Normal route

A normal route or normal way (French: Voie Normale; German: Normalweg) is the most frequently used route for ascending and descending a mountain peak. It is usually the simplest route.[2][3]

In the Alps, routes are classed in the following ways, based on their waymarking, construction and upkeep:

Sometimes the normal route is not the easiest ascent to the summit, but just the one that is most used. There may be technically easier variations. This is especially the case on the Watzmannfrau, the Hochkalter and also Mount Everest. There may be many reasons these easier options are less well-used:

  • the simplest route is less well known than the normal route (Watzmannfrau).
  • the technically easiest route is more arduous than another (e.g. due to rubble) and is therefore mainly used on the descent (Hochkalter).
  • the technically easiest route carries a much higher risk of e.g. rockfalls or avalanche and is therefore avoided in favour of a more difficult route (Watzespitze).
  • the technically easier route requires a complicated or long approach march, or all access may be banned via one country (Mount Everest).

The term tourist route may sometimes be applied (irrespective of the level of difficulty of ascent) by those wishing to suggest that other routes up a mountain are somehow more "worthy". This belittling of the "normal route" therefore maintains a distinction between those perceiving themselves as serious mountaineers who disparage the incursion of tourist climbers into their domain (hence the term the "Yak Route" on Mount Everest).[4]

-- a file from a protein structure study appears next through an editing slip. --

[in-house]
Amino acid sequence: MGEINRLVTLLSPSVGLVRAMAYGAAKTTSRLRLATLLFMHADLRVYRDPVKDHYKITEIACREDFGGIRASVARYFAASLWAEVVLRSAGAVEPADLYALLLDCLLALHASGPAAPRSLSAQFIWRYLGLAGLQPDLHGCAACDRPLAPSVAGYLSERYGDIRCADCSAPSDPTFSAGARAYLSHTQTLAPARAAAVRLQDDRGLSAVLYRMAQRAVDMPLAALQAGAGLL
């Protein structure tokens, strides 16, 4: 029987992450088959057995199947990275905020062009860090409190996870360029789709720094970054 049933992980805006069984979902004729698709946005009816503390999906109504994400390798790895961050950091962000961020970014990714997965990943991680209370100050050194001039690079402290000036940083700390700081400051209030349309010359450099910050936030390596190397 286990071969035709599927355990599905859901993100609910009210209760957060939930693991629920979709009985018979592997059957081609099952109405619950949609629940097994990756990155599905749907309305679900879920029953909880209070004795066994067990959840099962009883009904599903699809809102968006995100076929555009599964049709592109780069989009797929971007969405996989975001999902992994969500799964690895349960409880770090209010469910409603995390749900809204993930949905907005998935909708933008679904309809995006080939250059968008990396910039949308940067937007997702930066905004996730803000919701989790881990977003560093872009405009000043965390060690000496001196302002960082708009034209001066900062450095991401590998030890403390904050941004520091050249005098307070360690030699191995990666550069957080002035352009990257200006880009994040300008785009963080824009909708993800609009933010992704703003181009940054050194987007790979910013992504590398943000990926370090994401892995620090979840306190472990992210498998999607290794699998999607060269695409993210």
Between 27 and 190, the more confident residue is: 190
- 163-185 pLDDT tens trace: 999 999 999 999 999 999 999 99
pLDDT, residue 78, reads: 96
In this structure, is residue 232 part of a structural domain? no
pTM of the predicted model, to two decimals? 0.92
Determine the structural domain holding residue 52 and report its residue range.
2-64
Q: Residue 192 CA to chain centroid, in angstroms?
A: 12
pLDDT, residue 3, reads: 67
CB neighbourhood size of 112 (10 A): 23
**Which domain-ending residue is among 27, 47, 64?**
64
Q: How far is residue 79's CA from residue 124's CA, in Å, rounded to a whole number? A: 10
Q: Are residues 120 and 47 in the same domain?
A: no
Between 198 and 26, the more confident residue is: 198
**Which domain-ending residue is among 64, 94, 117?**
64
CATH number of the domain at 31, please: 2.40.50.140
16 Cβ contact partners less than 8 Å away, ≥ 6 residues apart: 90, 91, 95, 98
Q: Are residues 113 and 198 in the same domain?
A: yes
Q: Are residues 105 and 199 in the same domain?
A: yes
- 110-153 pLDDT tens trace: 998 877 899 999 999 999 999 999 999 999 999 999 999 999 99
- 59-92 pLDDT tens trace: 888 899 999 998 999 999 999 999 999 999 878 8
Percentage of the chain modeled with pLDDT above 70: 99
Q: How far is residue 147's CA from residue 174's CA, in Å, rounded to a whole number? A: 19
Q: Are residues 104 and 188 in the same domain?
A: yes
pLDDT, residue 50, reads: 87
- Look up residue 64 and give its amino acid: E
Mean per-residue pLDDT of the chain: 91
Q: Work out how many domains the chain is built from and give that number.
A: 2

Matterhorn Hörnligrat
Matterhorn Hörnligrat - although a serious alpine route in its own right, the Hörnli ridge of the Matterhorn is the normal route that the majority of climbers use to reach the summit of this mountain.[1]


  1. ^ "How to climb the Matterhorn". Retrieved 2018-12-27.
  2. ^ The Mountain Encyclopedia" by Frederic Hartemann and Robert Hauptman (2005). Accessed on 1 Jun 2014.
  3. ^ Perkins, Andy. "BMG Route Card: Voie Normale - Piz Buin". Retrieved 3 March 2016.
  4. ^ Musa, Ghazali; Higham, James; Thompson- Carr, Anna (June 2015). Mountaineering Tourism. Routledge. p. 52. ISBN 9781317668749. Retrieved 3 March 2016.

Aconcagua (Spanish pronunciation: [akoŋˈkaɣwa]) is the highest mountain outside of Asia, being the tallest in both the Southern and Western Hemispheres with a summit elevation of 6,960.8 metres (22,837 ft). It is located in the Principal Cordillera of the Andes mountain range, in the Mendoza Province, Argentina, and lies 112 km (70 mi) northwest of its capital, the city of Mendoza, about five km (3.1 mi) from San Juan Province and 15 km (9.3 mi) from the international border with Chile. The mountain itself lies entirely within Argentina, immediately east of Argentina's border with Chile. The nearest higher peak is Tirich Mir in the Hindu Kush, 16,520 kilometres (10,270 mi) away. It is one of the Seven Summits.